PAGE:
When you take a look at the first year of working for that startup, it might be a good idea to understand your job requirements and prepare to be excellent doing them. By doing that, you’re on the right path to your dream.

Horizon 2: Areas of Focus and Accountability

After learning what you need in order to plan the next few years, we’re now getting to the important daily stuff. What are the primary few things that are important for your success in achieving your goal?

This is the part when you understand your day to day responsibilities and excel at making them. Making a daily to-do list may be helpful at this stage. This is one way to hold yourself accountable when you decide on the daily steps you’ll need to take to carry out your personal strategic plan.

This is also the horizon that will help you avoid procrastination, as you’ll have a clear idea of what to do and when. If you fall into a rut of procrastination, check out Lifehack’s Fast-Track Class: No More Procrastination.

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Horizon 1: Projects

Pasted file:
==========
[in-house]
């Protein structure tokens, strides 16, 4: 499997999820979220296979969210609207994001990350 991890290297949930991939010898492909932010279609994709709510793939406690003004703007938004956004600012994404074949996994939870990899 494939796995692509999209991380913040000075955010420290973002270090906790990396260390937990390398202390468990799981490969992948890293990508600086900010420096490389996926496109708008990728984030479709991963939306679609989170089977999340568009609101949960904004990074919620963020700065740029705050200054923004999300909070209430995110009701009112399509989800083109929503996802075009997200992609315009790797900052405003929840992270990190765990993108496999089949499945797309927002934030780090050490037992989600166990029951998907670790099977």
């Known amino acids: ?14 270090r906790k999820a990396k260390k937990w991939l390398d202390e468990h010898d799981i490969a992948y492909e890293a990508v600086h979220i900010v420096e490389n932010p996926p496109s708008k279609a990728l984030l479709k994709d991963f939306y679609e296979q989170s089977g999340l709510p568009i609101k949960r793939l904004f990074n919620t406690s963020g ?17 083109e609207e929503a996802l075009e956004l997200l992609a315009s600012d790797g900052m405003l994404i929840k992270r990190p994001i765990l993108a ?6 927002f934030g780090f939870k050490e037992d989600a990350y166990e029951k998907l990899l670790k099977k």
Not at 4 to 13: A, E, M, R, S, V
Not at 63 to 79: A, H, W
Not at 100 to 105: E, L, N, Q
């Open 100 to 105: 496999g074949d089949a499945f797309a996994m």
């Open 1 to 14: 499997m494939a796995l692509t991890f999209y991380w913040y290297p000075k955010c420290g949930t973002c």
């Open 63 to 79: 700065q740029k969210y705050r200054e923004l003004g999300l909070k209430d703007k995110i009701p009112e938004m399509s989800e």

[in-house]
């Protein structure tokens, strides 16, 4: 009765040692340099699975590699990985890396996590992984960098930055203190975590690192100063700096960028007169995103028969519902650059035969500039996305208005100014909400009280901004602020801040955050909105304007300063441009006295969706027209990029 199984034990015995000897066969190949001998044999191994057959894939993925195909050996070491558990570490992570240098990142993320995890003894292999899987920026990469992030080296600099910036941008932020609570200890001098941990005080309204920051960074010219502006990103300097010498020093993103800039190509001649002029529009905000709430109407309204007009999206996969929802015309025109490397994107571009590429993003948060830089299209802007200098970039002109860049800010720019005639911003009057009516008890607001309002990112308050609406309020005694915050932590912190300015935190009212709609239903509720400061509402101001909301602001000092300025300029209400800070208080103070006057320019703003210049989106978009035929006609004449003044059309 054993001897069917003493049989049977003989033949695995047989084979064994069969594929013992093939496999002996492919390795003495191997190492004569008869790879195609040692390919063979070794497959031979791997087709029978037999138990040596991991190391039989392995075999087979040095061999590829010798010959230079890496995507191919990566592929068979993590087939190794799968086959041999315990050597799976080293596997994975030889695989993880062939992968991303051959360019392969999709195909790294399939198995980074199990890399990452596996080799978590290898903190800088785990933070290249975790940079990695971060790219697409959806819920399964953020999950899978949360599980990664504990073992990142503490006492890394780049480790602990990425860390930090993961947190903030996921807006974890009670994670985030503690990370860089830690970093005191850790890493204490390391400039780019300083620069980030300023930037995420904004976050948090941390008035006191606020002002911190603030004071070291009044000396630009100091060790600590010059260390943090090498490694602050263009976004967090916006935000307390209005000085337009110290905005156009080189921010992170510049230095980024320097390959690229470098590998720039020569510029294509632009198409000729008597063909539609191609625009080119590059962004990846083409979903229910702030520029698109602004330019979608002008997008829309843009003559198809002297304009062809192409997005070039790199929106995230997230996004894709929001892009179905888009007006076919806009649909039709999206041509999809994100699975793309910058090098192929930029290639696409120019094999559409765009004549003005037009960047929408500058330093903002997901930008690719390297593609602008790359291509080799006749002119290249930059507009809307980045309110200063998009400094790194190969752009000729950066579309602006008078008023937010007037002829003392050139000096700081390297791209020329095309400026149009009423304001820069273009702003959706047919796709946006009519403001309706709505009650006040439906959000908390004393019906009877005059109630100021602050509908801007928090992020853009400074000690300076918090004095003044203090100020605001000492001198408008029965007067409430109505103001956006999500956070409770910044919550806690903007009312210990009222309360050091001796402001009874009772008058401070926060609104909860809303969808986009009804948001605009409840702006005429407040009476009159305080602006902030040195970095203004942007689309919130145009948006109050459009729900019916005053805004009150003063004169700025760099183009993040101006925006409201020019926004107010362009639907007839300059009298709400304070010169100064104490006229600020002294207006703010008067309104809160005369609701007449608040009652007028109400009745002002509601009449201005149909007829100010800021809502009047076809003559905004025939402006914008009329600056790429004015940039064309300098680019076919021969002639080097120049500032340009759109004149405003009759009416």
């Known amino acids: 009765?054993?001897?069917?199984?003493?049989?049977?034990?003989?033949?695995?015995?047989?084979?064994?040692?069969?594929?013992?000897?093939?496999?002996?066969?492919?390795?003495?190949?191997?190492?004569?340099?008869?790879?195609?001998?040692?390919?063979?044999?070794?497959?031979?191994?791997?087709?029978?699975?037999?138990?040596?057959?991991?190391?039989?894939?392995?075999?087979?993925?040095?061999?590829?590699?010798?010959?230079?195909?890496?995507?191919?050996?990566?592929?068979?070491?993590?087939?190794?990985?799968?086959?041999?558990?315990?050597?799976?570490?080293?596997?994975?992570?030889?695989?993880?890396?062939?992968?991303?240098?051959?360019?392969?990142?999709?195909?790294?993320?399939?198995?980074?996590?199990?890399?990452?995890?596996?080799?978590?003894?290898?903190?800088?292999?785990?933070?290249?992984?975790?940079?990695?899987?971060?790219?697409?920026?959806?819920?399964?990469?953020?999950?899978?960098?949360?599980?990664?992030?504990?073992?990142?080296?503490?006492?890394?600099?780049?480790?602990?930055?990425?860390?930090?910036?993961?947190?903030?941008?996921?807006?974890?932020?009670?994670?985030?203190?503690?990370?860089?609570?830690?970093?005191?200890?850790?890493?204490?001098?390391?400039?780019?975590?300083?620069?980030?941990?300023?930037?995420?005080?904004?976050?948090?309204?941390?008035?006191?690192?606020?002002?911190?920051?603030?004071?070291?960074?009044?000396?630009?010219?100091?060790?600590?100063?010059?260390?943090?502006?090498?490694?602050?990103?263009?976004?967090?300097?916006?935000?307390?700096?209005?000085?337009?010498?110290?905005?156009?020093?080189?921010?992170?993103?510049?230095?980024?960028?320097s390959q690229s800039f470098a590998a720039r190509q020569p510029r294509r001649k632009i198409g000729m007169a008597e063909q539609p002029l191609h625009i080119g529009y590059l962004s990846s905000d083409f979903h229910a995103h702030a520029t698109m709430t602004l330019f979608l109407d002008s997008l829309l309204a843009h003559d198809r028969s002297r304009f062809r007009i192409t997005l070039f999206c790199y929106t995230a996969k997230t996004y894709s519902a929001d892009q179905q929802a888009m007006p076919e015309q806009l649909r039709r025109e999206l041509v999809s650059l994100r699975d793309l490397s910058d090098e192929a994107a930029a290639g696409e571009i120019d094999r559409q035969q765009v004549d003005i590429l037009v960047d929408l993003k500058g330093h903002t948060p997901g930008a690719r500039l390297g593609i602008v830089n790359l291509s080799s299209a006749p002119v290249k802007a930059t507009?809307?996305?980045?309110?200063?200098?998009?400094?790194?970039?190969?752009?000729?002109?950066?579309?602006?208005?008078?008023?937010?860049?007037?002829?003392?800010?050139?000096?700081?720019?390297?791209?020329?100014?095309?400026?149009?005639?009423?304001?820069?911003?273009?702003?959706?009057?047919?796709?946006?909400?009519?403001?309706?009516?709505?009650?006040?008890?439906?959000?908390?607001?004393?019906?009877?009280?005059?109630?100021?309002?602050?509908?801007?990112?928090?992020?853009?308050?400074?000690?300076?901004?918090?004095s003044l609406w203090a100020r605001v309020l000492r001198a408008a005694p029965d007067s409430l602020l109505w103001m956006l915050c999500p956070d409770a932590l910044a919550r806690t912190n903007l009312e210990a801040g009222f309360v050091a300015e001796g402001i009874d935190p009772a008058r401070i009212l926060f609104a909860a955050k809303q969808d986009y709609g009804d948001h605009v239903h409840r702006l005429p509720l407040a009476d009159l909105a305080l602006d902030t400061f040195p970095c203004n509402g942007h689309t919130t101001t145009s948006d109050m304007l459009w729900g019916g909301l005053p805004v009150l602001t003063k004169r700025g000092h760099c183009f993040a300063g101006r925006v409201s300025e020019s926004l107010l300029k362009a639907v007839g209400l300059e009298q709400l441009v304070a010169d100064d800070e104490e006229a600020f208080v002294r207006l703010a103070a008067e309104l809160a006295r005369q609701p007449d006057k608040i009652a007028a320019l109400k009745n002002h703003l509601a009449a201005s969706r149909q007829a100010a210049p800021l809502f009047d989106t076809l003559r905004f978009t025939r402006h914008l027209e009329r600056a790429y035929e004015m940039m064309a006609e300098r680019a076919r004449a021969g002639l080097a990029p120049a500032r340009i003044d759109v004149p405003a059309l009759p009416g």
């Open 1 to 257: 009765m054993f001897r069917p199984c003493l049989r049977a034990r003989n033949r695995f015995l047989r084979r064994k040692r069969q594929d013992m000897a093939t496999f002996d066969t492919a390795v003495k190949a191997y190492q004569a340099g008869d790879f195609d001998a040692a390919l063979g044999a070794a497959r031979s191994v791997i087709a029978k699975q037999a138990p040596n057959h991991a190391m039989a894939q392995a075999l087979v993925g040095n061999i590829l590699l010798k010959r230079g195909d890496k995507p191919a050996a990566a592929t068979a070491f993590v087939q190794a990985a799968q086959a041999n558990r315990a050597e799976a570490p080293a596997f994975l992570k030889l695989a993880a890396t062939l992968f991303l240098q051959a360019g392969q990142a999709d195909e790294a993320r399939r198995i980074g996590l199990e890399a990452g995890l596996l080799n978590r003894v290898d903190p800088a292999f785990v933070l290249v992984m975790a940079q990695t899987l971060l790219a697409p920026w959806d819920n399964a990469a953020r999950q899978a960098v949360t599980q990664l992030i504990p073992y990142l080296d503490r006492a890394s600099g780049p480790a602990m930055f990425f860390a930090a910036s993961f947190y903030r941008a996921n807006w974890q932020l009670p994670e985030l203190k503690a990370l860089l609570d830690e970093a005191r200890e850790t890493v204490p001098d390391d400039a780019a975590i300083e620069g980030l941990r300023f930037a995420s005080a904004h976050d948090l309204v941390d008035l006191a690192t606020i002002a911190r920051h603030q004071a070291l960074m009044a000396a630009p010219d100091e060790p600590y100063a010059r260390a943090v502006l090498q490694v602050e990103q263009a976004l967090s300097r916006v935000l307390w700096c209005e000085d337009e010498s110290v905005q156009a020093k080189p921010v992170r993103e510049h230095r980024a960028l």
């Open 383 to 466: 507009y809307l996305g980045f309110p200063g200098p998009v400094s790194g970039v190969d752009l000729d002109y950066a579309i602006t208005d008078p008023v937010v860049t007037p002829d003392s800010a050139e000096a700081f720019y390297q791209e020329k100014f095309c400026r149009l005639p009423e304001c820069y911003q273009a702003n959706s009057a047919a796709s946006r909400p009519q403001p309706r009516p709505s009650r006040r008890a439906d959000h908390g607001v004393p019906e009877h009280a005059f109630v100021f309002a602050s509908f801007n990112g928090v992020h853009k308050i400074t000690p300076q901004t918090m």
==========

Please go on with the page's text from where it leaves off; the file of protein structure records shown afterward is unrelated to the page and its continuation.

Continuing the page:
These are the open loops of your goals that need to be achieved. One example can be editing that company movie. Another might be finishing that report. It can also be personal things, such as organizing the birthday party for your brother.

You have tons of these, and every once in a while, it is suggested to ensure that they align with the higher-level goals you have.

After you add everything to your calendar, the last step is to actually get it done. You can use tons of project management systems, such as Monday, Asana, Notion, and others. In Notion, they actually have a prepared template for this suggested method.

Additional Methods

The above method is just one out of many for developing your personal strategic plan.

Another one is called V2MOM, invented by Salesforce’s founder[4]. The idea is to ask yourself five questions—some of them were also asked above—which would help you clarify your vision and get it.

The five questions are:

  • Vision: What do you want to achieve?
  • Values: What’s important to you?
  • Methods: How do you get it?
  • Obstacles: What is preventing you from being successful?
  • Measures: How do you know you have it?

Final Thoughts

As mentioned, knowing where you want to go and preparing for it has a huge impact on your success in life. That may seem obvious, but some ambitious people don’t manage their lives in a way that helps them position themselves in the best way possible to succeed. Spend a few hours thinking and coming up with a personal strategic plan to put yourself on the right path today.

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Featured photo credit: Glenn Carstens-Peters via unsplash.com

Reference